Richie Weeks & Jerome Derradji
The Love Magician Archives - New York City 1978-79 Vol. 1
After reading a profile of Richie Weeks in The New York Times, I thought: "if ever there was an artist that should be on the pod, it's this guy."
In the spirit of transparency, I’m a rock-n-roll guy, so dance music/disco isn't my jam. That doesn’t mean I don’t dig it; I do - it’s just not my typical go-to genre. That said, a funny thing happened as I started listening to The Love Magician Archives - I couldn’t help my leg from tapping and my face from smiling.
The Richie Weeks story is about talent, creativity, success, exploitation, hardship, and redemption.
From an early age, Richie seemed to glide into success after success - and with good reason, he’s incredibly gifted.
But this story is also about tenacity and temerity - two ingredients necessary when you’re forced into the ring to joust with the music industry.
It’s no secret that the industry, like many others, is built on the creativity of others; however, the music business has what is arguably one of the poorest records for treating artists well. Especially artists of color. Of course, there are expectations, I don’t want to infer that everyone in the business is a shitbag. I don’t believe that.
And I wish I could tell you the story of Richie Weeks is one of those exceptions.
While there are many parts of Richie’s story I found fascinating, these two stood out for me:
Richie worked FULL-TIME for the US Post Office while writing, performing, and producing hit songs for himself and for others at the height of the disco craze and well into the 90s. Not only was he a creative dude, but he was also pragmatic - after 30 years with the US Post Office, he retired with his pension.
While producer and Past Due Records head Jerome Derradji was wrestling to get Richie's rights back from BMG Music, the conglomerate publicly proclaimed that they were re-evaluating their royalty payments to black artists. This, naturally, came on the heels of the George Floyd protests in May of 2020. By itself, a PR wet dream. But as BMG was breaking its arms by patting itself on the back, Jerome tells us what they were doing behind the scenes.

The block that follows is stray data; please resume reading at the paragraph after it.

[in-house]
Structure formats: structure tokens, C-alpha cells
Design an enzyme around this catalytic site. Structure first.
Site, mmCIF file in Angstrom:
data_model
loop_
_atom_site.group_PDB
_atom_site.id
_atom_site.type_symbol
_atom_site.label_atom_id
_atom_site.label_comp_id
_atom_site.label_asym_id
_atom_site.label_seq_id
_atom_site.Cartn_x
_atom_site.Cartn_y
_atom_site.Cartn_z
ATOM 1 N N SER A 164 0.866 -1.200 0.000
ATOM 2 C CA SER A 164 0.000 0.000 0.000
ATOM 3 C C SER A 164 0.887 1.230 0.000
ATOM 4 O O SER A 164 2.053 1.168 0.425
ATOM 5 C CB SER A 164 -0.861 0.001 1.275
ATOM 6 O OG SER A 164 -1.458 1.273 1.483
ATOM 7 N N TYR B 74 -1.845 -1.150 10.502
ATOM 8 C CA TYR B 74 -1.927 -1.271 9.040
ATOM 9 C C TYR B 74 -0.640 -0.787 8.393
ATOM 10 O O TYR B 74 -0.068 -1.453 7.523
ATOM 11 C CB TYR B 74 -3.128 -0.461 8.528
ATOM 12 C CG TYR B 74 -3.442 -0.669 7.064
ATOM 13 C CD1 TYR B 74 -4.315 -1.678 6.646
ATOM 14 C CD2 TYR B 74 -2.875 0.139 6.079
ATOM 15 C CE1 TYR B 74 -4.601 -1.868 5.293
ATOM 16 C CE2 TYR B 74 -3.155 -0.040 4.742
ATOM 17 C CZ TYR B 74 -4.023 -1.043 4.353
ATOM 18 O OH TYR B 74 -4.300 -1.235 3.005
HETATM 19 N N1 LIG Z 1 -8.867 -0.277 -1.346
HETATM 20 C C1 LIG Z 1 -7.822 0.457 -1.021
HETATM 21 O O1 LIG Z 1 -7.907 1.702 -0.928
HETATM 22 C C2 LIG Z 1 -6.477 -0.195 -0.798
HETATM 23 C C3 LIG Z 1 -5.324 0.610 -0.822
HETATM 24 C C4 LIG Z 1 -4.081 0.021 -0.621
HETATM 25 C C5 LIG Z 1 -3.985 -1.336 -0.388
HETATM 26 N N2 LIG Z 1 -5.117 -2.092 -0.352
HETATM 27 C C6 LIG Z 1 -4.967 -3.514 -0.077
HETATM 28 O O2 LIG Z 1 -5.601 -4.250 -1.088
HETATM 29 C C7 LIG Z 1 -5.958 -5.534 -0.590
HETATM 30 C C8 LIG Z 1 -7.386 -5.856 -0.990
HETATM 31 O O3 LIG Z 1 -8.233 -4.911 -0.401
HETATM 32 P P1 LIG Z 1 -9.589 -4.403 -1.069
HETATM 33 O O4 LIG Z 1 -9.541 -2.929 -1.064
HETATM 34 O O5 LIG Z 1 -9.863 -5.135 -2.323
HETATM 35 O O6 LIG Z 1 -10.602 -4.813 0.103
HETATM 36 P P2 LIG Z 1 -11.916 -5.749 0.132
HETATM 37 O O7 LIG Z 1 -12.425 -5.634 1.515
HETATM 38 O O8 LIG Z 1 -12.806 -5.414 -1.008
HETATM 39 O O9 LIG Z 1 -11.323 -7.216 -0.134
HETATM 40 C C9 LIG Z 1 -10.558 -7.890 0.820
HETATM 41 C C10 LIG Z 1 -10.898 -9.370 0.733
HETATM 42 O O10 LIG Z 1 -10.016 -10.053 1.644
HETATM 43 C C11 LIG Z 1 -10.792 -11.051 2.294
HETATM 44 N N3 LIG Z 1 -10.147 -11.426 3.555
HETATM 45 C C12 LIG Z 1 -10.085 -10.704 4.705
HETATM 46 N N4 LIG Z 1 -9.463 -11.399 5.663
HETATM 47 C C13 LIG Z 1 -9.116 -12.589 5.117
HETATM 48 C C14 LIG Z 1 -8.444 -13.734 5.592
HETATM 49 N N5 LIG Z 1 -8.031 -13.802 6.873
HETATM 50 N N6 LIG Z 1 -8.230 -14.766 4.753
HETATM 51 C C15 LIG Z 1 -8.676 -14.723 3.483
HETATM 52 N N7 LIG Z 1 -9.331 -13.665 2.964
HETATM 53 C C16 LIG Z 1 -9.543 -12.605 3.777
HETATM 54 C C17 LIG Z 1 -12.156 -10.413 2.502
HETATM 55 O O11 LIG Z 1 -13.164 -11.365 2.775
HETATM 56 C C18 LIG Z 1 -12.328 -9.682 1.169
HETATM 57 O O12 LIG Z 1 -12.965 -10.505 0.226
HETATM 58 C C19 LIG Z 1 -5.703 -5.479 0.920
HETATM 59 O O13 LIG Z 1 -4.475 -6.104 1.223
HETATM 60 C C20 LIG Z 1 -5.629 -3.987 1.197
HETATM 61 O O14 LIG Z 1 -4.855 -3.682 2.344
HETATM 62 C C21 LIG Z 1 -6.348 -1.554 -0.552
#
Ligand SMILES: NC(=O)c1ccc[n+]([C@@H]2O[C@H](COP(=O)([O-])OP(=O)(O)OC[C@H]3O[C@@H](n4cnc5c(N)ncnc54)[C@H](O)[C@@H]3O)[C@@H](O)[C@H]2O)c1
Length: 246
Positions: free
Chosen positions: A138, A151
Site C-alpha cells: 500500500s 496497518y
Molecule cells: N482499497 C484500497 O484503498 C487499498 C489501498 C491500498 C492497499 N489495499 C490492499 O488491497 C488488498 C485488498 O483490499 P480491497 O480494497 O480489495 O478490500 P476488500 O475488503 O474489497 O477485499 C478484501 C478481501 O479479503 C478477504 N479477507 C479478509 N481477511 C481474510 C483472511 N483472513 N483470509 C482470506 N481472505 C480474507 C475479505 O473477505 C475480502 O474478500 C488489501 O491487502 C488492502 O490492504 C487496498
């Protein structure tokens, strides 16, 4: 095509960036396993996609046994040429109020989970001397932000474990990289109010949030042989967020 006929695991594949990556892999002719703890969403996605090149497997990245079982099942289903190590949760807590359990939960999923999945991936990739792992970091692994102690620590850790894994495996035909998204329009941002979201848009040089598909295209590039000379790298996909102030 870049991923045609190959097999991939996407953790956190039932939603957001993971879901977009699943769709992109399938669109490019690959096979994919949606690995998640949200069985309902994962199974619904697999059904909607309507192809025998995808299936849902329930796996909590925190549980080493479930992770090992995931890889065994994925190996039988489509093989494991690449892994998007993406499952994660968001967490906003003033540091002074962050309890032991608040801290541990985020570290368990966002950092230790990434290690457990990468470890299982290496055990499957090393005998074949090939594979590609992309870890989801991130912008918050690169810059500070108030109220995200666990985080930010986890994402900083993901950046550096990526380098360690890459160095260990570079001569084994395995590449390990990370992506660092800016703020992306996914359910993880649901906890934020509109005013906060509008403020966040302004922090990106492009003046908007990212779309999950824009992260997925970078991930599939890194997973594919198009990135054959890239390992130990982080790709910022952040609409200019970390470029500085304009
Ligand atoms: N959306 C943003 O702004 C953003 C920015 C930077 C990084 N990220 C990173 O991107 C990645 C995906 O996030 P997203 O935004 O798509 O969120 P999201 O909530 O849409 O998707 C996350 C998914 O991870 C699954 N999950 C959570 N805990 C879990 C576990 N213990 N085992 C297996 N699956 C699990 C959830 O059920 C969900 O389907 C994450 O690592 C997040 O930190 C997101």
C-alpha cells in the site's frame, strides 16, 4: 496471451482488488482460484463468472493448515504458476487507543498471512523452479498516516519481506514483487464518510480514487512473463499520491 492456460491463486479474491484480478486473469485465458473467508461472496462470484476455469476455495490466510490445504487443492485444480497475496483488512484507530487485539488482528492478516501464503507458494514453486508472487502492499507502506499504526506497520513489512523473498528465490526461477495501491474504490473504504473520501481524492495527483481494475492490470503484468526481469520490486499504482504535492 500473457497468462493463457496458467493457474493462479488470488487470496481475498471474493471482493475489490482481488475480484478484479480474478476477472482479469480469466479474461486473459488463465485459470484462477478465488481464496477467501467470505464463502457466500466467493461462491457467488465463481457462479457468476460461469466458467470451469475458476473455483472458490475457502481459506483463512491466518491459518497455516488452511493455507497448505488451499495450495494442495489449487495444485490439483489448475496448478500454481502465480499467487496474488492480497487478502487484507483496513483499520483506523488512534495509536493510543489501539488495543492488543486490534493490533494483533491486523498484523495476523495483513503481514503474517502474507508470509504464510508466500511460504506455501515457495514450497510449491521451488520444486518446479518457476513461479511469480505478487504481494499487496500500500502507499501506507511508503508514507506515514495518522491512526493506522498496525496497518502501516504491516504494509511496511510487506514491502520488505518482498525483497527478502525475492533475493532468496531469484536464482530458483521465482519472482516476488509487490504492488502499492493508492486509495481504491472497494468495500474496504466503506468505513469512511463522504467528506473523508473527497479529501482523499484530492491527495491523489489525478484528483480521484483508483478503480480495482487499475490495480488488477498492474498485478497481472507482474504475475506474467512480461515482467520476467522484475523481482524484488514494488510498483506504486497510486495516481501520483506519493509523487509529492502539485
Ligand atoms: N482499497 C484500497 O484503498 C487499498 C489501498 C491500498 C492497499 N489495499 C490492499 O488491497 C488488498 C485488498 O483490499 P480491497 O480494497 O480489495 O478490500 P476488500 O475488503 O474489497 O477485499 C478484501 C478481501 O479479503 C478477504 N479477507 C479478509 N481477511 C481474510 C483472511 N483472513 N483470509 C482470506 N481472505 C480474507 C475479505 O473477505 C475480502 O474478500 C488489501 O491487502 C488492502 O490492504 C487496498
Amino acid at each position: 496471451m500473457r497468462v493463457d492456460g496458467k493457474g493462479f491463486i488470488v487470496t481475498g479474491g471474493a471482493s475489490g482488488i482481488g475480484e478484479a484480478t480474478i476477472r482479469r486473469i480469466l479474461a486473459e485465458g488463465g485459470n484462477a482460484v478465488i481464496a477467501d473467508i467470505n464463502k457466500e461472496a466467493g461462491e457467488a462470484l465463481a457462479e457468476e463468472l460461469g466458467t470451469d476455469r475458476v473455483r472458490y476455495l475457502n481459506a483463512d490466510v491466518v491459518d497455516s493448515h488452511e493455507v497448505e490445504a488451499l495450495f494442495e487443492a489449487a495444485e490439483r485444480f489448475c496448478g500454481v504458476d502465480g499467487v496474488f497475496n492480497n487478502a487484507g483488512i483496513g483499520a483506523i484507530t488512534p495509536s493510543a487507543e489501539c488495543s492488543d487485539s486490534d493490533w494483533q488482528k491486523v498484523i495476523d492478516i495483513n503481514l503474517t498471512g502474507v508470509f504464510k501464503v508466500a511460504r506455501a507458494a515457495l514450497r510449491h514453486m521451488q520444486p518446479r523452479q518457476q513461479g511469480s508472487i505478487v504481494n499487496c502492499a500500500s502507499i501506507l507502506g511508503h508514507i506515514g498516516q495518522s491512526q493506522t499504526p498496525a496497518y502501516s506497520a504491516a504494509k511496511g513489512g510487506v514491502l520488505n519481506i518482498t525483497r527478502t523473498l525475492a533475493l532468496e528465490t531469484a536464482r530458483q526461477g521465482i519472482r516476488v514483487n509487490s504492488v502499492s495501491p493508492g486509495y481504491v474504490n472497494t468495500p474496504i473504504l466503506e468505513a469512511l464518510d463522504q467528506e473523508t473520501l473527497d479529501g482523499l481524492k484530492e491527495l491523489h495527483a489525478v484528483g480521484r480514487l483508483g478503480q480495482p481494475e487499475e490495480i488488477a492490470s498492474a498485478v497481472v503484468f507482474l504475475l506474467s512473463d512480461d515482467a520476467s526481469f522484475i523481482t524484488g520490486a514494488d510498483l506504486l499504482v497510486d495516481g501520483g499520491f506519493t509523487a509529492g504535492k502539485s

Jerome fought hard to get Richie’s work back as a one-person, untrained legal team. He succeeded. He also fought like hell to get him years of unpaid royalties. He also succeeded.
If you believe Steve Redmond, BMG’s senior vice president of global corporate communications, it “wasn’t because we didn’t want to pay.” In the article from The New York Times, he said: “the company’s royalties department did not have Weeks’s current address and banking information.” Really Steve? REALLY? Banking information, okay, maybe… but address?
Apparently, the royalties department doesn’t have access to Google either. I am available to train your folks on how to search Steve - reach out.
As Derradji relays the complete story (which includes an EPIC technological guffaw that no doubt expedited the resolution), he also provides a breakdown of Title 17 of the US Copyright Law.
In straightforward terms, after 35 years, the author of the copyrighted material is entitled to reclaim their copyright. It’s an amazing law. And it’s one that most record labels would rather you don’t know about.
On this episode, Richie Weeks and Still Music/Past Due Records majordomo and producer Jerome Derradji stop by to talk about their first release together, Richie Weeks, The Love Magician Archives - Disco - New York City 1978-79 vol. 1.
They share the rest of the story that The New York Times didn't tell.
Richie and Jerome have a plan to release his entire catalog, and if this first installation is any indication, we’re in for a real treat!
I’m thankful they shared their story with me, and I feel lucky to share the complete story with all of you.
Oh, yea, Richie is 78 and is still putting out new music, and he’s itching to get out on the road again.
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